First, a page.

That being said - the xs650 swaps I have seen for the old Bullets make me curious enough to want to pick up an old Iron barrel if one ever comes along for less than $1000.
 

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quote:Originally posted by mickey356

Ah, thanks, Geeto. That makes much better sense, but now I'm trying it figure out what costs $2500? A tank, seat and bars? Yikes!!!
Actually the kits were pretty well thought out. IIRC correctly the cafe racer kit ($2725 initially, $2325 post revision) came with:

- fibreglass avon style "sport" fairing with all the brackets to mount it (or a fly screen if you so wished)
- chrome headlight shell
- highly polished alloy tank with cap
- fiberglass seat painted and upolstered
- aluminum front fender and mounts
- clipons
- shortended cables
- rearsets with linkages
- I think some came with a ped slicer plate but that may have been a dealer who added that
- drum brake bacon slicer plates.

Later kits deleted the fairing or fly screen and the bacon slicers in an effort to bring the price down (removed $400).

It is actually a well thought out kit. The Contentintal still is $2700 msrp, and has nearly as much as the cafe kit. you couldn't buy all the pieces individually for less, but you could buy them indivdually if you just wanted the tank or the rearsets. All the parts were bolt on except the cafe kit's rear seat which needed a little modifying to fit.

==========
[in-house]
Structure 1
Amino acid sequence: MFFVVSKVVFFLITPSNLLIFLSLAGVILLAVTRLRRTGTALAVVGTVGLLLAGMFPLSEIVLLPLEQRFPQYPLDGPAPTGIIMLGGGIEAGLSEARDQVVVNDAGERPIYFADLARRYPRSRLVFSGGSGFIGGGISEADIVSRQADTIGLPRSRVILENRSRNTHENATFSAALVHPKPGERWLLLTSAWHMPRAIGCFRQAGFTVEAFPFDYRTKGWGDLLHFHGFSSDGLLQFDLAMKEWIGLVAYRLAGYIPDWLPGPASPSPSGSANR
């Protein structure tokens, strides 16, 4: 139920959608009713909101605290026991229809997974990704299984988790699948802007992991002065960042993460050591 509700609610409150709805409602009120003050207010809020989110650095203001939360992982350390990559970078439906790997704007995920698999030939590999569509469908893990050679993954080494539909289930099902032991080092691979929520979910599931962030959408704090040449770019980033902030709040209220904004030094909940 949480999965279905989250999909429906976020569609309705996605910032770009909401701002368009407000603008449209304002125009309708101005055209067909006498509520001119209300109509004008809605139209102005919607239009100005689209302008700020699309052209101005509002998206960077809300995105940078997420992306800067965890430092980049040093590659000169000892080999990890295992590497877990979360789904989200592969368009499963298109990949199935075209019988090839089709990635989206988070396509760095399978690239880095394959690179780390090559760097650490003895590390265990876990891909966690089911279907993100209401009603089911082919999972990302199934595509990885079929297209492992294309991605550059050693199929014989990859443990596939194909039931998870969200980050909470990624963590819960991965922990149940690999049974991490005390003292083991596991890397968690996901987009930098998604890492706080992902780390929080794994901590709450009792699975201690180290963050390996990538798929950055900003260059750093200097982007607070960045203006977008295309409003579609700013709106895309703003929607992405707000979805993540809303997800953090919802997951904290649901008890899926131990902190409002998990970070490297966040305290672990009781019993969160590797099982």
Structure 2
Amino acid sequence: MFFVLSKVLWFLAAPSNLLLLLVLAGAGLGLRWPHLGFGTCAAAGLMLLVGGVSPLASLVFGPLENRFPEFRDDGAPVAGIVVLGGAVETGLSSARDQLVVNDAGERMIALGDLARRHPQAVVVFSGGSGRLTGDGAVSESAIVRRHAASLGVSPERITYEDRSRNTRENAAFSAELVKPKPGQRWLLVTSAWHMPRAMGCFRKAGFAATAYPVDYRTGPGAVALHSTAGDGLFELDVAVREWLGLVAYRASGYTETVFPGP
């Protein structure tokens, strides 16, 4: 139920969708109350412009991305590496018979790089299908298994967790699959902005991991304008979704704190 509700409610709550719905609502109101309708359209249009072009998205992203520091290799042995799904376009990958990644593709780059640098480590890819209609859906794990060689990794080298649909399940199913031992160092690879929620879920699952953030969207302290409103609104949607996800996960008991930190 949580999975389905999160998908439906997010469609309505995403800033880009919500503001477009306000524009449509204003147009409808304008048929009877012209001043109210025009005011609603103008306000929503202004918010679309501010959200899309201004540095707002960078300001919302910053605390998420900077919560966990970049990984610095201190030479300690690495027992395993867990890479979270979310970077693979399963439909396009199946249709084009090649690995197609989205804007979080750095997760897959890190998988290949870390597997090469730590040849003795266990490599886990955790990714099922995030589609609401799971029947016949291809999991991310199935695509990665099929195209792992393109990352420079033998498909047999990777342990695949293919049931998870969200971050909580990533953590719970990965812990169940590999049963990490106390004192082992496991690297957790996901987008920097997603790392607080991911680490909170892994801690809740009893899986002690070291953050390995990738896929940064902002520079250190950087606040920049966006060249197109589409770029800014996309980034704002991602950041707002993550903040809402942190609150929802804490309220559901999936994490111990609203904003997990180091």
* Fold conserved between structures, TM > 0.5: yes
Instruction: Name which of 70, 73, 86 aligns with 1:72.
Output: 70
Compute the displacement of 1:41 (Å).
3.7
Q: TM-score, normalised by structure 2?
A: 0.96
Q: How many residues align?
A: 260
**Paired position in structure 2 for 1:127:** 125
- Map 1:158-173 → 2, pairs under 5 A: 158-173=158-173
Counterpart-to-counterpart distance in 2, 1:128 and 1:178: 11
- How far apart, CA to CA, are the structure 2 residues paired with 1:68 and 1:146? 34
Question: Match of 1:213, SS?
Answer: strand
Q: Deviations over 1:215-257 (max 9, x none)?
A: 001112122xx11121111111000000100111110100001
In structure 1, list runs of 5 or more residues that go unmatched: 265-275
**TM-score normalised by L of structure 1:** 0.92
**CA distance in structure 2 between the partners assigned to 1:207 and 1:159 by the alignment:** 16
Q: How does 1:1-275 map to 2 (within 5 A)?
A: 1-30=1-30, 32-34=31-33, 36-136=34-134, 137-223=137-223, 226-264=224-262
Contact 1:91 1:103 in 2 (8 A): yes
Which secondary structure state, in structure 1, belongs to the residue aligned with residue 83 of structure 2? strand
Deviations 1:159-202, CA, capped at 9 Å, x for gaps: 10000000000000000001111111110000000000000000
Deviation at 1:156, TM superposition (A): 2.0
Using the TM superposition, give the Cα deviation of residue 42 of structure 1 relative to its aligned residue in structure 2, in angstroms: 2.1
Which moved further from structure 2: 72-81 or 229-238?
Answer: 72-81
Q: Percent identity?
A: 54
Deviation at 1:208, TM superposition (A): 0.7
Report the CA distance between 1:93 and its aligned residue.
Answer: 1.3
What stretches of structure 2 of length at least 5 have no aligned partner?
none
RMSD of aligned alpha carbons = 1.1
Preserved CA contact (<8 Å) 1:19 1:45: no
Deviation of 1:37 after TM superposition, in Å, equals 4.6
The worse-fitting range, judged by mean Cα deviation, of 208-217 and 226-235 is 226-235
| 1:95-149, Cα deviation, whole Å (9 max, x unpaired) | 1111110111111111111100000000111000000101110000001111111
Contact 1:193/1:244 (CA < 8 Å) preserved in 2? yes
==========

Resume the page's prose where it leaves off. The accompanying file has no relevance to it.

the shame of it is that you can't use the old kits on the new bikes - they really were good looking.

I still see full boat contenental kit Iron barrels trade for about $5K (there is one on CL right now in NY for $6K obo) and to me when you think about what you get it isn't bad, just the performance isn't up to snuff.
 

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GTO's comment about the "indians" he spoke with re: badging history of the Royal Enfield marque is a curious choice of words. The Indian motorcycle company badged and sold Royal Enfields as "Indians" in the mid-fifties.
 

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Geets,
Sucks it doesn't fit the newer bikes.
Still seems a little steep but being that it's pretty much bolt on makes it nice, time is money. I'm guessing an aluminum tank is pricey.
I'd probably just throw on some different bars and rear sets and be done with it.
 

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quote:Originally posted by Burns

GTO's comment about the "indians" he spoke with re: badging history of the Royal Enfield marque is a curious choice of words. The Indian motorcycle company badged and sold Royal Enfields as "Indians" in the mid-fifties.
Royal Enfield in the US has had a....unique...presence.